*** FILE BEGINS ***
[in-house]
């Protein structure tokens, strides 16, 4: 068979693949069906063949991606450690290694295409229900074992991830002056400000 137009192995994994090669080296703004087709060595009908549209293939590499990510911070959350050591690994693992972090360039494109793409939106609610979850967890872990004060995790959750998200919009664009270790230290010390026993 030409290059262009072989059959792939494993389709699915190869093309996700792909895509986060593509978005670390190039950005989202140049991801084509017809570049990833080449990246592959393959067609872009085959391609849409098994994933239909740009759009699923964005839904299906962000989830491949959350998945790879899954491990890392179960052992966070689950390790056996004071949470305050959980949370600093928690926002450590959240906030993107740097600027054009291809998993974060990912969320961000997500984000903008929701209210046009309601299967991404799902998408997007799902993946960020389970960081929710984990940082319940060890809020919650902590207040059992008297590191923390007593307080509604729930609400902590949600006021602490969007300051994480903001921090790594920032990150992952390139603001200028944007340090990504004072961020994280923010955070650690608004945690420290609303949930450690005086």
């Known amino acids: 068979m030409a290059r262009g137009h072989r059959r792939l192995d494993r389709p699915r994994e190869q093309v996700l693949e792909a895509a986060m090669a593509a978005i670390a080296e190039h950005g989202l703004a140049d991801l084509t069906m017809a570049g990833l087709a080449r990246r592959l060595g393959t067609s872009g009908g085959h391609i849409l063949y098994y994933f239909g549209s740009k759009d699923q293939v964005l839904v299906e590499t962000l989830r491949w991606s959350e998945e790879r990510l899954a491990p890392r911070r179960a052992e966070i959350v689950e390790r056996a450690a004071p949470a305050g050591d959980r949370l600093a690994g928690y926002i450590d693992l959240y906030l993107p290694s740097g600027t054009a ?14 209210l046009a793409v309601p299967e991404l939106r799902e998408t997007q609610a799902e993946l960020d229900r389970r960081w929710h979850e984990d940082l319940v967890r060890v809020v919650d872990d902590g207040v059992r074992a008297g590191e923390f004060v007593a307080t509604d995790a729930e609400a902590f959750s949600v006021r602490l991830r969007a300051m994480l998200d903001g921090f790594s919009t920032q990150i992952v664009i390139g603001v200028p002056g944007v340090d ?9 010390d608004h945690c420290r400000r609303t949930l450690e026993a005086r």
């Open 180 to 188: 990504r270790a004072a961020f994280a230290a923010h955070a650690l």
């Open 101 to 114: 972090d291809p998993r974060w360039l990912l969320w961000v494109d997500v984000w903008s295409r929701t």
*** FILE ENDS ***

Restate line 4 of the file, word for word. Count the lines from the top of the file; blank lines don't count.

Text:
């Open 180 to 188: 990504r270790a004072a961020f994280a230290a923010h955070a650690l």